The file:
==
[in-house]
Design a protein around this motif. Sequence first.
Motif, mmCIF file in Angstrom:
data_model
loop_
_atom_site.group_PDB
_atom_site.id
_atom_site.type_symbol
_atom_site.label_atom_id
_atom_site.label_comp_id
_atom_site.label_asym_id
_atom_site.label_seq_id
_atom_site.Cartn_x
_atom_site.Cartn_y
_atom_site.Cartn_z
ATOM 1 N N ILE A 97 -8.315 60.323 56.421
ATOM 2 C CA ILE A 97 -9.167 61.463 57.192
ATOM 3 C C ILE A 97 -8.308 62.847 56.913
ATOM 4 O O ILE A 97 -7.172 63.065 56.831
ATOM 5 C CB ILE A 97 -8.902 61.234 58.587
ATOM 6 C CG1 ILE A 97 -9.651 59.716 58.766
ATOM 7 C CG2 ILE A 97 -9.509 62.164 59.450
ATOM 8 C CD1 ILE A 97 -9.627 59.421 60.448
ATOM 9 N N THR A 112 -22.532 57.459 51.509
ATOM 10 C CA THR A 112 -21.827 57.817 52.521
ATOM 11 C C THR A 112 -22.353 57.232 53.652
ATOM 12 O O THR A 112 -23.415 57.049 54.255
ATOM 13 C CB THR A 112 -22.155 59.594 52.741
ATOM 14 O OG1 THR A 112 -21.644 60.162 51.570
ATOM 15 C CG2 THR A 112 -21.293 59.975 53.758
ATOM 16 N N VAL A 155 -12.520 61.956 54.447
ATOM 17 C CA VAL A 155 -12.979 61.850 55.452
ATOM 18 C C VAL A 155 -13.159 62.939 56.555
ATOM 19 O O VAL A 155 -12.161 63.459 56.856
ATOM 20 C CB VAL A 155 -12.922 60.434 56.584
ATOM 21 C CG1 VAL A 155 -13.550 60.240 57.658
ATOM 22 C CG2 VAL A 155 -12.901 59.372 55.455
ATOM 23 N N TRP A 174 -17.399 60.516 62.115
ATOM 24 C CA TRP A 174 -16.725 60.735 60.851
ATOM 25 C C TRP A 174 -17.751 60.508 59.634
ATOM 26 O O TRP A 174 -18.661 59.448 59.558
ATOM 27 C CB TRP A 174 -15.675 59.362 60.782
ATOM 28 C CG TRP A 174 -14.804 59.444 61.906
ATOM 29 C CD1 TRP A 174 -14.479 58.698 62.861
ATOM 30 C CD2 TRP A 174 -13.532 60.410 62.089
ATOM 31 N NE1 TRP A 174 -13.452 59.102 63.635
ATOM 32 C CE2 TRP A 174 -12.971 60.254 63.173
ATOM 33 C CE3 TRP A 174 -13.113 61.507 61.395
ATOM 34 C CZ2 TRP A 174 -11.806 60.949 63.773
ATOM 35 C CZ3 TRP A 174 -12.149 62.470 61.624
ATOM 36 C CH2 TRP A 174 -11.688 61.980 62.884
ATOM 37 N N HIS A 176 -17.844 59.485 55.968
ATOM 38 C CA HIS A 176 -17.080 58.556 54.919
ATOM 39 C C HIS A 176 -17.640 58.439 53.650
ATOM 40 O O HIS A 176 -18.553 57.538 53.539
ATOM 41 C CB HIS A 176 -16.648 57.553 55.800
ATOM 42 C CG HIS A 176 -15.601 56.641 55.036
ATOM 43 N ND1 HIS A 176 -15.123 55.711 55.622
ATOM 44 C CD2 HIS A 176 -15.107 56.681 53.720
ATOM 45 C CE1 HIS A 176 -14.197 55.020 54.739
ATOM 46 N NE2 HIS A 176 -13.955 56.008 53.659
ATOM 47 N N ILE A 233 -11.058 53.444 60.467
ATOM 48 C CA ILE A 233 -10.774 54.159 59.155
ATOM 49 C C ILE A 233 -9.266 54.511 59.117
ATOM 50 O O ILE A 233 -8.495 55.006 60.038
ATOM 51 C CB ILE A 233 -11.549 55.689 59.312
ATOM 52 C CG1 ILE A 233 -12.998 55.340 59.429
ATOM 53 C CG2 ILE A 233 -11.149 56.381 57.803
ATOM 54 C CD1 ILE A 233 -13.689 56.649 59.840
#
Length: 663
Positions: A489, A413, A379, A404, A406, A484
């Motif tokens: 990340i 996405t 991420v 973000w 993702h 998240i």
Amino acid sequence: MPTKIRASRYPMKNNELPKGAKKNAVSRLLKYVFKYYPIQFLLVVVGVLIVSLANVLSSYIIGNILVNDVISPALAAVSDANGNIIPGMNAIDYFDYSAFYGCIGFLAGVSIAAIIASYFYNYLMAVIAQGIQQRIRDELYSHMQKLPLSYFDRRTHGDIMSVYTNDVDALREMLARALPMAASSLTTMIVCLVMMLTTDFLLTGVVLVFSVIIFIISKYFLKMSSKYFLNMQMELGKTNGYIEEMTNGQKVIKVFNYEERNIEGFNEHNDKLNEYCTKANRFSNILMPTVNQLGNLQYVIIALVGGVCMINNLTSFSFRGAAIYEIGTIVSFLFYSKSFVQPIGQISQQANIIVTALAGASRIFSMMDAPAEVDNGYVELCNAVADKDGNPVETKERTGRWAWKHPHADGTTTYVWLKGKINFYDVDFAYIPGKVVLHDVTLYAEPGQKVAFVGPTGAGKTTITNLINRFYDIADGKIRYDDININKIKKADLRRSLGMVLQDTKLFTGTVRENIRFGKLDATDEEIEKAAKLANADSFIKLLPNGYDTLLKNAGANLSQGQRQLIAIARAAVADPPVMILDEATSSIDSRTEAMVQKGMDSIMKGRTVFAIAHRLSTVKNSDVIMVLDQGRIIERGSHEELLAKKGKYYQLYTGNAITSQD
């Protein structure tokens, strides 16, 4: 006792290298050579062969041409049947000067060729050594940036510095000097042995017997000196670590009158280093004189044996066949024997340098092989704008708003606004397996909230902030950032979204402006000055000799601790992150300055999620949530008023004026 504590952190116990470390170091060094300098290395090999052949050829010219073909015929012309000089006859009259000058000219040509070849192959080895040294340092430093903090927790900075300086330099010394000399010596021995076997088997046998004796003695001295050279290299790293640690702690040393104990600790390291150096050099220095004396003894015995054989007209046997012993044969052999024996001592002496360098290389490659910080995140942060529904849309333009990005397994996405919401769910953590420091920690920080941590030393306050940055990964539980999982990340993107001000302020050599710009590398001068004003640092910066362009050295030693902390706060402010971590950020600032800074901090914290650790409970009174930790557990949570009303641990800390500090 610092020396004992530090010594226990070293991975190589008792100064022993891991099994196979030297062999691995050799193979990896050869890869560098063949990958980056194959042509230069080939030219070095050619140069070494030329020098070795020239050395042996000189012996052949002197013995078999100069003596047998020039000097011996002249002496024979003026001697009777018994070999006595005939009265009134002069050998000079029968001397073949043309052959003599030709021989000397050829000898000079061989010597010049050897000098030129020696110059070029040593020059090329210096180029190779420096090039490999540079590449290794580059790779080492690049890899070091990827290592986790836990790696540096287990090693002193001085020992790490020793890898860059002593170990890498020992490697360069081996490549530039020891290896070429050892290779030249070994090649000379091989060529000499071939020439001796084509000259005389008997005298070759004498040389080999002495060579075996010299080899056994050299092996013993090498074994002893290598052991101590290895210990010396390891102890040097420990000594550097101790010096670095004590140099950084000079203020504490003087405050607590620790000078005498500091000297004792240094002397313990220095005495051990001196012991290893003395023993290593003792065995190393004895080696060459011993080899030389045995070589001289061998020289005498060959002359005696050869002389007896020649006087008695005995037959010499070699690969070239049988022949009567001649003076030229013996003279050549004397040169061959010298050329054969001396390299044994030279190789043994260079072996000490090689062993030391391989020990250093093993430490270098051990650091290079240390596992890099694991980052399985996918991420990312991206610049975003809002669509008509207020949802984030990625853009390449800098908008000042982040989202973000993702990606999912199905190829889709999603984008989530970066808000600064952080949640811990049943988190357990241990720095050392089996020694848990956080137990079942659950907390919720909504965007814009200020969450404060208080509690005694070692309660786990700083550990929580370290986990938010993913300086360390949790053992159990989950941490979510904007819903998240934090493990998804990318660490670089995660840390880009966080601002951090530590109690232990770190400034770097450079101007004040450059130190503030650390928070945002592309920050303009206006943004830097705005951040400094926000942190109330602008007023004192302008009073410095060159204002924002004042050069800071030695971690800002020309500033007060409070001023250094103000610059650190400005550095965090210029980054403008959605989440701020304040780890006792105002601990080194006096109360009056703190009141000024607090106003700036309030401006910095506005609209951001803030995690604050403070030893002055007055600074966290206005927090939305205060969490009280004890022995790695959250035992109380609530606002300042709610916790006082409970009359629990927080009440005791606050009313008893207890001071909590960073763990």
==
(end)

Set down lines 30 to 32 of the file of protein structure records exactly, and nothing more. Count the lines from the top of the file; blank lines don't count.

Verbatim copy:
ATOM 15 C CG2 THR A 112 -21.293 59.975 53.758
ATOM 16 N N VAL A 155 -12.520 61.956 54.447
ATOM 17 C CA VAL A 155 -12.979 61.850 55.452